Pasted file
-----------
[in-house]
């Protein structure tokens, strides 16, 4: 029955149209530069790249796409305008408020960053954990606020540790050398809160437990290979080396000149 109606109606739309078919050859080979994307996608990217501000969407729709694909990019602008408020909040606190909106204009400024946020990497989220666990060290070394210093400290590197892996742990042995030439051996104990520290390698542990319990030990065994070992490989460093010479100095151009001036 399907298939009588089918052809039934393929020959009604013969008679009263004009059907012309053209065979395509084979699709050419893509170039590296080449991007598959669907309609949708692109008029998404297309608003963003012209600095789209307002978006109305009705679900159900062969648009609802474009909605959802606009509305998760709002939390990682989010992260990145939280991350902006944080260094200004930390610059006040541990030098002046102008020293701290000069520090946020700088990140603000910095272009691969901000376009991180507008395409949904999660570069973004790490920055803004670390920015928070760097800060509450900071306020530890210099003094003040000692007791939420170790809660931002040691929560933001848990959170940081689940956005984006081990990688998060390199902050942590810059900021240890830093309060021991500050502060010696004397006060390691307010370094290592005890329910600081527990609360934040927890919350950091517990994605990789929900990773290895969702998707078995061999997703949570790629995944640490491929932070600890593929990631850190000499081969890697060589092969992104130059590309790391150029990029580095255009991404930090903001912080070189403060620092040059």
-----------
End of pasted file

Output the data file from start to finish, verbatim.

[in-house]
């Protein structure tokens, strides 16, 4: 029955149209530069790249796409305008408020960053954990606020540790050398809160437990290979080396000149 109606109606739309078919050859080979994307996608990217501000969407729709694909990019602008408020909040606190909106204009400024946020990497989220666990060290070394210093400290590197892996742990042995030439051996104990520290390698542990319990030990065994070992490989460093010479100095151009001036 399907298939009588089918052809039934393929020959009604013969008679009263004009059907012309053209065979395509084979699709050419893509170039590296080449991007598959669907309609949708692109008029998404297309608003963003012209600095789209307002978006109305009705679900159900062969648009609802474009909605959802606009509305998760709002939390990682989010992260990145939280991350902006944080260094200004930390610059006040541990030098002046102008020293701290000069520090946020700088990140603000910095272009691969901000376009991180507008395409949904999660570069973004790490920055803004670390920015928070760097800060509450900071306020530890210099003094003040000692007791939420170790809660931002040691929560933001848990959170940081689940956005984006081990990688998060390199902050942590810059900021240890830093309060021991500050502060010696004397006060390691307010370094290592005890329910600081527990609360934040927890919350950091517990994605990789929900990773290895969702998707078995061999997703949570790629995944640490491929932070600890593929990631850190000499081969890697060589092969992104130059590309790391150029990029580095255009991404930090903001912080070189403060620092040059």